A fitness-minded woman gives thanks and advice to her inner fit girl — a conversation that works for women of all ages. What would you say to your younger self?

Little Chele on Grandma’s swing.

Dear Younger Nichele,

Hey girl! Hey! I see you. As I turn 50 and look to the years, adventures and workouts ahead, I look back at 25-year-old you. I’d be lying if I said I didn’t miss the days when I didn’t give my back, knees, heart, waist circumference and weight much thought. But instead of longing for blissful ignorance, I look back with gratitude.

Grown Chele sees the things Young Chele was wise or lucky enough to do to get us here, and some of the things I wish we’d learned and done sooner.

First, thanks for keeping it moving.

From high-impact aerobics in shiny blue, thong leotards (don’t judge) and Congolese dance to Spinning and Crossfit, you’ve stayed active. Our health, resilience, mood, social life and sanity send you thanks from the future.

Nichele, far right in red, at the final recital of her Congolese dance class, at the University of Michigan in 1989.

Catching up with Angela Y. Davis, a ride-or-die member of Oakland Yellow Jackets Bicycle Club. 2012, Oakland, California

Crush it. Carefully.

You go hard in the gym, but grown-ass Chele says: Listen to your body, and work out like you plan to use those knees for a while. Keep your back flat during your lifts, and step gently. And @$%# what they say about pain and gain. When something hurts, stop.

Do those silly leg lifts now, or do them later.

You were wise to ignore promises that those leg lifts and fire hydrants (Remember? On all fours, lifting one knee. So undignified. So bogus.) would spot reduce hips and thighs. But those moves do have a purpose. Power, balance and core stability depend on your deep hip and butt muscles that will weaken and eventually cause lower back pain after 20-plus years of sitting at computers, in council meetings, on bikes and in cars for long drives. You’ll have a fantastic physical therapist who will tell you to do the lame exercises to keep your hips strong. So do them.

Nichele loves hula hoops — and even makes them as gifts or for classes that she teaches. She hoops it up on a dock on Possum Kingdom Lake in North Central Texas.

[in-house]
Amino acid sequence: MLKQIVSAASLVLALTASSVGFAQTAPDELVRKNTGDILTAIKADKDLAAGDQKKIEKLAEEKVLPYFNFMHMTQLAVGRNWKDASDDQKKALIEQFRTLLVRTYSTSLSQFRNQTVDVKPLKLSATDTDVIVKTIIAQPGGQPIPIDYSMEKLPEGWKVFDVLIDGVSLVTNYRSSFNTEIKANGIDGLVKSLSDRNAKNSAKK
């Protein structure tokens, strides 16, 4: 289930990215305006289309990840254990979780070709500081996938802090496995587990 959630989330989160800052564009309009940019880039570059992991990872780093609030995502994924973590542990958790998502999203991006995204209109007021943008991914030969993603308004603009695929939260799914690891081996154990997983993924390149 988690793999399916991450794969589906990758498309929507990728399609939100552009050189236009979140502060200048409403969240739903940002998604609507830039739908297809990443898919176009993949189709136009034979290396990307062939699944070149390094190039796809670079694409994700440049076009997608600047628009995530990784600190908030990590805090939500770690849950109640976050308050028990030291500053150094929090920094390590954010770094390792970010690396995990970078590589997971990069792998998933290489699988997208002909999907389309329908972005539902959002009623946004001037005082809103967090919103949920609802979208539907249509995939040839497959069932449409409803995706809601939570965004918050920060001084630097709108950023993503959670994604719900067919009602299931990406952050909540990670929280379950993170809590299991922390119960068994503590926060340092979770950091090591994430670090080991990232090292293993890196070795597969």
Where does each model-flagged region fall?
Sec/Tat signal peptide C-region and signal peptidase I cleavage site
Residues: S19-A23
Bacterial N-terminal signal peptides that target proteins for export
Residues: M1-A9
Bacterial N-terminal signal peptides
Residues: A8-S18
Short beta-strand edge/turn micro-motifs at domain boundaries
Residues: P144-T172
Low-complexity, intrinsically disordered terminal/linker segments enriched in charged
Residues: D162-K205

JERF: Just eat real food.

Heeding good nutrition advice will seem wise, but the food tides will shift. You’re a good eater and will discover the benefits of butter and olive oil versus margarine, fresh over frozen and frozen over canned, wild-caught and free-range over factory-farmed. You’ll taste the difference. JERF will be your best medicine.

Lean forth.

A smooth heel-to-toe roll is good walking form, but when you run, pitch forward a little at your ankles and land on the mid foot. Heel striking slows you down, and your knees become your brake pads. This video by Chi Running creator Danny Dreyer will help.

Work out more for function, less for fine.

It’s hard to stay motivated and easy to get injured when you exercise with weight loss as the goal. Instead, stay engaged with data. Fitness trackers won’t be widely used until the 1990s, but get one as soon as you can and use it. Heart-rate monitors, fitness trackers, apps and even pen-and-paper record keeping that reward you for meeting weekly goals and that help keep tabs on your heart rate will help keep you encouraged.

 

Nix those worn kicks.

You used to replace your shoes when your right knee twinges. Instead, move shoes from workouts to weekends every few months or, for running shoes, after about 300 miles.

It’s in the hips.

In pursuit of upper-body strength, you’ll injure your shoulder and back with overzealous use of weight training. Do push-ups and assisted pull-ups for a stronger back and core.

Walk it out.

Young Chele thinks walking as exercise is boring. Do it anyway for active recovery, for errands, to catch up with friends or to get to know neighborhoods. A small study found that a 10-minute walk after a meal helps to keep blood sugar down, and might avoid your midlife pre-diabetes scare.

Bare your belly.

You’re modest, but later baring even the smallest sliver of tummy may feel … suboptimal. Don’t wait. Show some skin. Thank me later.

Don’t focus on fat

At times, you’ll be skinny. You’ll be overweight. And you’ll be obese. But calling your body “fat” today could doom you to a fatter self later. So here’s a quote on an unrelated Malcolm Gladwell podcast that will move you many years from now: “You must respect the body you are trying to heal.”

 

Nichele Hoskins is a Washington, D.C.-based writer and a newly converted fitness walker.